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On myopia as rationale for social security

  • Torben Andersen

    ()

  • Joydeep Bhattacharya

    ()

It has been argued that "paternalistically motivated forced savings constitutes an important, and to some the most important, rationale for social security retirement systems." This paper revisits the role played by myopia in generating a theoretical rationale for pay-as-you-go social security in dynamically efficient economies. If the competing asset is linear storage and myopic agents are allowed to borrow against future pension benefits, there is no welfare-rationale for pay-as-you-go pensions. In that case, sufficently-strong myopia may justify such pensions only if agents cannot borrow against their future pension, and are at a zero-saving corner. With enough myopia, co-existence of positive optimal pensions and positive private saving is possible if the return to saving declines with saving, as in a model with a neoclassical technology.

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File URL: http://hdl.handle.net/10.1007/s00199-010-0528-z
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Article provided by Springer in its journal Economic Theory.

Volume (Year): 47 (2011)
Issue (Month): 1 (May)
Pages: 135-158

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Handle: RePEc:spr:joecth:v:47:y:2011:i:1:p:135-158
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  1. Torben M. Andersen & Joydeep Bhattacharya, 2009. "Unfunded pensions and endogenous labor supply," Economics Working Papers 2009-16, School of Economics and Management, University of Aarhus.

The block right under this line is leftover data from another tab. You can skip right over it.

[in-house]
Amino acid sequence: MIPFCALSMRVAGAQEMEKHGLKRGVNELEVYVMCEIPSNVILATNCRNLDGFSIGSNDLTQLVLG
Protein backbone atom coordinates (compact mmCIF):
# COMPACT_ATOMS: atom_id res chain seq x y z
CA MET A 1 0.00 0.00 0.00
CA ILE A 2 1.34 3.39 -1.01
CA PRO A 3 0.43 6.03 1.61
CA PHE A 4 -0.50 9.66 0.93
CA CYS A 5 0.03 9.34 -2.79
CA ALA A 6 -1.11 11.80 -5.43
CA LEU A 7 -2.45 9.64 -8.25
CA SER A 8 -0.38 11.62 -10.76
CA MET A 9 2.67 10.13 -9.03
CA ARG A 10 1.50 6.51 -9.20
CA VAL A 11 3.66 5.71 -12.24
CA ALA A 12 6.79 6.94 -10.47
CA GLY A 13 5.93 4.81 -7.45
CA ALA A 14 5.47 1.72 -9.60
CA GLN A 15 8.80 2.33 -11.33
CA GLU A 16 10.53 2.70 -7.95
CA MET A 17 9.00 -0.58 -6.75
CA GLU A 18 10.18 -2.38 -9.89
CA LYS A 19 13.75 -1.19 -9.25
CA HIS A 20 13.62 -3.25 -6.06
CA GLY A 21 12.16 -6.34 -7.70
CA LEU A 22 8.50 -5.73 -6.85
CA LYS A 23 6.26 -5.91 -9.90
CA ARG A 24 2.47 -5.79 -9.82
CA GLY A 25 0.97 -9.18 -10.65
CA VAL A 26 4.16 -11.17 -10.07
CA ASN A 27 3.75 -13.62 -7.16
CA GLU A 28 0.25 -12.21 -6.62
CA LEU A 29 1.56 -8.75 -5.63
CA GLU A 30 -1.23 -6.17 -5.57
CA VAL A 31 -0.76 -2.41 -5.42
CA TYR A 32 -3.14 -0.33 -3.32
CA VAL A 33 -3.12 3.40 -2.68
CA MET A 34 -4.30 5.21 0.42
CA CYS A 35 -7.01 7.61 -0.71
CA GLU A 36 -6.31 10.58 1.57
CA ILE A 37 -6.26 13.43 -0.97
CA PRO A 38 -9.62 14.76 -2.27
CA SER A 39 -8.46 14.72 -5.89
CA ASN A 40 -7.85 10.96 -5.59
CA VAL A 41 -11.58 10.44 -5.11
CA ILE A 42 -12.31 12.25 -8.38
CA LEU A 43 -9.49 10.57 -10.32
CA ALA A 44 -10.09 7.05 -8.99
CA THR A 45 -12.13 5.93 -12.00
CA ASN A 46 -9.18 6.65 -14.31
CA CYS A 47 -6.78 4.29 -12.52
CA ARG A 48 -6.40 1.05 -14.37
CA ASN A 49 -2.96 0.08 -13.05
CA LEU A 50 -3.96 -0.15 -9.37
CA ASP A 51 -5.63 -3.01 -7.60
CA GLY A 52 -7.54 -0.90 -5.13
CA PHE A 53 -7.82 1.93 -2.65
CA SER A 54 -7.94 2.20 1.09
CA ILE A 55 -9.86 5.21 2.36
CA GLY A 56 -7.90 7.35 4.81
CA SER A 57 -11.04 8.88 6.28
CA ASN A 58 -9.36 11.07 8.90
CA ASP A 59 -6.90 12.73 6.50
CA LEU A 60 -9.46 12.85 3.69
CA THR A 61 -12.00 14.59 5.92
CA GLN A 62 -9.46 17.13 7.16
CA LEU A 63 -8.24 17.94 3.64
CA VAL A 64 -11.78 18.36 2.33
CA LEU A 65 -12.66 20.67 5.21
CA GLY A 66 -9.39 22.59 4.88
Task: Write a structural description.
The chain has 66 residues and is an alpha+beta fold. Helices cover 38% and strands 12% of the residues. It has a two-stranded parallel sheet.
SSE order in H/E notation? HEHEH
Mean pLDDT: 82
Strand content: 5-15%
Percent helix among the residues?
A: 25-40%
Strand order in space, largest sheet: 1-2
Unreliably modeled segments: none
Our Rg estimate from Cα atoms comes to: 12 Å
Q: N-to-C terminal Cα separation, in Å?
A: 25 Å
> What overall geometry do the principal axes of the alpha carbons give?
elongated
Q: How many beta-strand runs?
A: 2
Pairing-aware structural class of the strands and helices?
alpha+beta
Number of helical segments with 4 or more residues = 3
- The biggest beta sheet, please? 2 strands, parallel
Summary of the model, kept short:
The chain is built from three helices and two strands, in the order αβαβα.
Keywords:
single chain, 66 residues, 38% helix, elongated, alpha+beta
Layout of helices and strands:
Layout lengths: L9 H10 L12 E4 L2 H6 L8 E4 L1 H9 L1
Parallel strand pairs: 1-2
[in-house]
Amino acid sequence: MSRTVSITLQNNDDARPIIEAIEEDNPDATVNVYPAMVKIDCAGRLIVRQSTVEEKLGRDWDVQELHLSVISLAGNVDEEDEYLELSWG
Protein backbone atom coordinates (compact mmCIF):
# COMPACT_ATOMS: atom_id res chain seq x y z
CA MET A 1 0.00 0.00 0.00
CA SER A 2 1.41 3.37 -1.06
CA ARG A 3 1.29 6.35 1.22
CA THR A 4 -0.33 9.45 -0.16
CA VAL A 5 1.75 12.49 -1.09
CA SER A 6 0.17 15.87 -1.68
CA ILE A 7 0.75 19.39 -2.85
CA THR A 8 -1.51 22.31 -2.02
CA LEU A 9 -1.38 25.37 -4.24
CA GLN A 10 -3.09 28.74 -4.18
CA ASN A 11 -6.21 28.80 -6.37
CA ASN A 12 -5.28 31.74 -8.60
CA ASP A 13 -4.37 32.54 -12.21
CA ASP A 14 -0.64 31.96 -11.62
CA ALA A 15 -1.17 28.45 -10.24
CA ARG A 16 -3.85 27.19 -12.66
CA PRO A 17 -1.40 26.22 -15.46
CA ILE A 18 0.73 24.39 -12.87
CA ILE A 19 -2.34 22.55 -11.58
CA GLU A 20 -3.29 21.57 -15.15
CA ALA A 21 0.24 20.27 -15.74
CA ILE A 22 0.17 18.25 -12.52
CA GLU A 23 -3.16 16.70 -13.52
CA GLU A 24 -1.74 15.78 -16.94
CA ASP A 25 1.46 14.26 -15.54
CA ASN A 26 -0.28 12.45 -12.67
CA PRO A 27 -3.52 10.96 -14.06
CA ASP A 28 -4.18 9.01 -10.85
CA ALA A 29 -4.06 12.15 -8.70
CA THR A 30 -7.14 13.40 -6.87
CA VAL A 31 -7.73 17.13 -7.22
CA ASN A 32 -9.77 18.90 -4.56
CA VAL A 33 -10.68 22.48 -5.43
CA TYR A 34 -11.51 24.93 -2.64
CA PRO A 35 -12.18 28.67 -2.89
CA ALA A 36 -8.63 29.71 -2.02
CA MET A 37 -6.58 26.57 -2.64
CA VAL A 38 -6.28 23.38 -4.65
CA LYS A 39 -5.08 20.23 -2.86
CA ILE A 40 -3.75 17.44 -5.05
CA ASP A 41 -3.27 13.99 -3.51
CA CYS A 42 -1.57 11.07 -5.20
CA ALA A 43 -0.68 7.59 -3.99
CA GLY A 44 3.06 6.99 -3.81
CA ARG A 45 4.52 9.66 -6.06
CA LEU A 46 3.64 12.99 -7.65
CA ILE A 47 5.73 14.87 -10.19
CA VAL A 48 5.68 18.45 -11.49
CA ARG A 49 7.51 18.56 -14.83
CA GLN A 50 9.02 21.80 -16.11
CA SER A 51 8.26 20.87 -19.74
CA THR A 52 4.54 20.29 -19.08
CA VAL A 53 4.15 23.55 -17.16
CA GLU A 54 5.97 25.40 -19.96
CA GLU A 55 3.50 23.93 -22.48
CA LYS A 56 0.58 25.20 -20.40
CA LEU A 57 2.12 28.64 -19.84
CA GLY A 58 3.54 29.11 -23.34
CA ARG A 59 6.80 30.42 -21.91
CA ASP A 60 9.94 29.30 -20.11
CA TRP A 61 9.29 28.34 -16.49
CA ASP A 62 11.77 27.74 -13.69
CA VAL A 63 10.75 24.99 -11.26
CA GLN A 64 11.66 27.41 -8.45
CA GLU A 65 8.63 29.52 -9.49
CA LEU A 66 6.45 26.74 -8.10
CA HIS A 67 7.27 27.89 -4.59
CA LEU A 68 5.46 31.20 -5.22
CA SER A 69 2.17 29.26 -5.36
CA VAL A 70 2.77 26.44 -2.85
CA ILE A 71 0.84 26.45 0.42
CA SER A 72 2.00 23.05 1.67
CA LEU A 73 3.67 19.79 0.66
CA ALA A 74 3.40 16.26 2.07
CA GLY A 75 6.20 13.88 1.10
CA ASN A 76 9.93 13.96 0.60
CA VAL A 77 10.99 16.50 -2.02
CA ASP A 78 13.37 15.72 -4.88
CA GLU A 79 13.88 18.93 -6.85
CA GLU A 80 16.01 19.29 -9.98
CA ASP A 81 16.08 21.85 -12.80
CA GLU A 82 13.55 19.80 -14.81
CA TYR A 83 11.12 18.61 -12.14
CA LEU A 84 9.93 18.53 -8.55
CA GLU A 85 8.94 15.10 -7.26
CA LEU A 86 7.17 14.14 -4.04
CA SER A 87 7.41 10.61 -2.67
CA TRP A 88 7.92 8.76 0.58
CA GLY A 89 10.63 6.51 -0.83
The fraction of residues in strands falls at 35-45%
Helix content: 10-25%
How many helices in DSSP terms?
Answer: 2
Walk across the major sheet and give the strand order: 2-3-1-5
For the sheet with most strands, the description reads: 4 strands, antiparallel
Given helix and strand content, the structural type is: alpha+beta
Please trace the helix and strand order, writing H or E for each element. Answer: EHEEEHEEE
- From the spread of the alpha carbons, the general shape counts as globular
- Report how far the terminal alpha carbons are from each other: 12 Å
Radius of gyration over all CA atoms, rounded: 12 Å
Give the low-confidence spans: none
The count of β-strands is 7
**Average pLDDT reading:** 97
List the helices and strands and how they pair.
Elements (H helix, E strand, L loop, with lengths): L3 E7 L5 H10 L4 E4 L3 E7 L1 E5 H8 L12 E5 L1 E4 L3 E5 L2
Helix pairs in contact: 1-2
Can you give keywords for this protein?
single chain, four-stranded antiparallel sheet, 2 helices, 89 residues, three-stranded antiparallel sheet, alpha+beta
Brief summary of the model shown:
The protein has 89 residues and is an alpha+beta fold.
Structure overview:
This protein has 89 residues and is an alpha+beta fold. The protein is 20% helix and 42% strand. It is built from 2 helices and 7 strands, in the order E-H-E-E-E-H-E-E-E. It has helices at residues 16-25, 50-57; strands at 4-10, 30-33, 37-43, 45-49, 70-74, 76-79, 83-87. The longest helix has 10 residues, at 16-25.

2. Fernando Perera-Tallo & Hideo Konishi, 1997. "Existence of steady - state equium in an overlapping-generations model with production (*)," Economic Theory, Springer, vol. 9(3), pages 529-537.
  3. Jose Apesteguia & Miguel A. Ballester, 2007. "A theory of reference-dependent behavior," Economics Working Papers 1056, Department of Economics and Business, Universitat Pompeu Fabra.
  4. CREMER, Helmuth & DE DONDER, Philippe & MALDONADO, Dario & PESTIEAU, Pierre, 2008. "Forced saving, redistribution and nonlinear social security schemes," CORE Discussion Papers 2008020, Université catholique de Louvain, Center for Operations Research and Econometrics (CORE).
  5. Paul A. Samuelson, 1958. "An Exact Consumption-Loan Model of Interest with or without the Social Contrivance of Money," Journal of Political Economy, University of Chicago Press, vol. 66, pages 467.
  6. Feldstein, Martin S, 1985. "The Optimal Level of Social Security Benefits," The Quarterly Journal of Economics, MIT Press, vol. 100(2), pages 303-20, May.
  7. Louis Kaplow, 2006. "Myopia and the Effects of Social Security and Capital Taxation on Labor Supply," NBER Working Papers 12452, National Bureau of Economic Research, Inc.
  8. Jappelli, Tullio & Pagano, Marco, 1988. "Consumption and Capital Market Imperfection: An International Comparison," CEPR Discussion Papers 244, C.E.P.R. Discussion Papers.
  9. repec:cup:cbooks:9780521001151 is not listed on IDEAS
  10. Laurence J. Kotlikoff, 1987. "Justifying Public Provision of Social Security," Journal of Policy Analysis and Management, John Wiley & Sons, Ltd., vol. 6(4), pages 674-696.
  11. Faruk Gul & Wolfgang Pesendorfer, 2007. "Welfare without Happiness," American Economic Review, American Economic Association, vol. 97(2), pages 471-476, May.
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